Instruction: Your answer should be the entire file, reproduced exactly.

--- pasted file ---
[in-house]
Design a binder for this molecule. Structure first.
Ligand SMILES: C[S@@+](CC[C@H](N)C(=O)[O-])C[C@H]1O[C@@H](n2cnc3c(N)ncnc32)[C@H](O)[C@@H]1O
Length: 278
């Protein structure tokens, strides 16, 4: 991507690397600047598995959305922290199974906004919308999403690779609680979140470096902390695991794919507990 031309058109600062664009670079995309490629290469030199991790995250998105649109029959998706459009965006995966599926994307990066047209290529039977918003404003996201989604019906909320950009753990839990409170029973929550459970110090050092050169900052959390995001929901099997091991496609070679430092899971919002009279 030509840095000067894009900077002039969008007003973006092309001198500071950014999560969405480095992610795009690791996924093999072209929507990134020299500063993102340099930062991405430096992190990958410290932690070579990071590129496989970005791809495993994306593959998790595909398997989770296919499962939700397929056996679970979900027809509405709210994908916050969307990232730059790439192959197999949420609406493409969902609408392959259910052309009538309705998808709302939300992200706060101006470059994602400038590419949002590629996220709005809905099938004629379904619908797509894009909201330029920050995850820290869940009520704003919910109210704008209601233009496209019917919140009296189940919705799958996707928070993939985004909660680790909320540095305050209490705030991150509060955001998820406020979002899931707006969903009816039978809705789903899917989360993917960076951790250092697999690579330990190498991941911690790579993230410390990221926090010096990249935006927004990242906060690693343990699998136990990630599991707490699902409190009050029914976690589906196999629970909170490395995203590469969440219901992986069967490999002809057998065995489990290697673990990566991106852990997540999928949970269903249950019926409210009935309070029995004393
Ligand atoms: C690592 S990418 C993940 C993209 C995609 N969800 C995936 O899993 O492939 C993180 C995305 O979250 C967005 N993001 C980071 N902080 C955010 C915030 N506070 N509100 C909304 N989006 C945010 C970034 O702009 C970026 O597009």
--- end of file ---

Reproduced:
[in-house]
Design a binder for this molecule. Structure first.
Ligand SMILES: C[S@@+](CC[C@H](N)C(=O)[O-])C[C@H]1O[C@@H](n2cnc3c(N)ncnc32)[C@H](O)[C@@H]1O
Length: 278
């Protein structure tokens, strides 16, 4: 991507690397600047598995959305922290199974906004919308999403690779609680979140470096902390695991794919507990 031309058109600062664009670079995309490629290469030199991790995250998105649109029959998706459009965006995966599926994307990066047209290529039977918003404003996201989604019906909320950009753990839990409170029973929550459970110090050092050169900052959390995001929901099997091991496609070679430092899971919002009279 030509840095000067894009900077002039969008007003973006092309001198500071950014999560969405480095992610795009690791996924093999072209929507990134020299500063993102340099930062991405430096992190990958410290932690070579990071590129496989970005791809495993994306593959998790595909398997989770296919499962939700397929056996679970979900027809509405709210994908916050969307990232730059790439192959197999949420609406493409969902609408392959259910052309009538309705998808709302939300992200706060101006470059994602400038590419949002590629996220709005809905099938004629379904619908797509894009909201330029920050995850820290869940009520704003919910109210704008209601233009496209019917919140009296189940919705799958996707928070993939985004909660680790909320540095305050209490705030991150509060955001998820406020979002899931707006969903009816039978809705789903899917989360993917960076951790250092697999690579330990190498991941911690790579993230410390990221926090010096990249935006927004990242906060690693343990699998136990990630599991707490699902409190009050029914976690589906196999629970909170490395995203590469969440219901992986069967490999002809057998065995489990290697673990990566991106852990997540999928949970269903249950019926409210009935309070029995004393
Ligand atoms: C690592 S990418 C993940 C993209 C995609 N969800 C995936 O899993 O492939 C993180 C995305 O979250 C967005 N993001 C980071 N902080 C955010 C915030 N506070 N509100 C909304 N989006 C945010 C970034 O702009 C970026 O597009």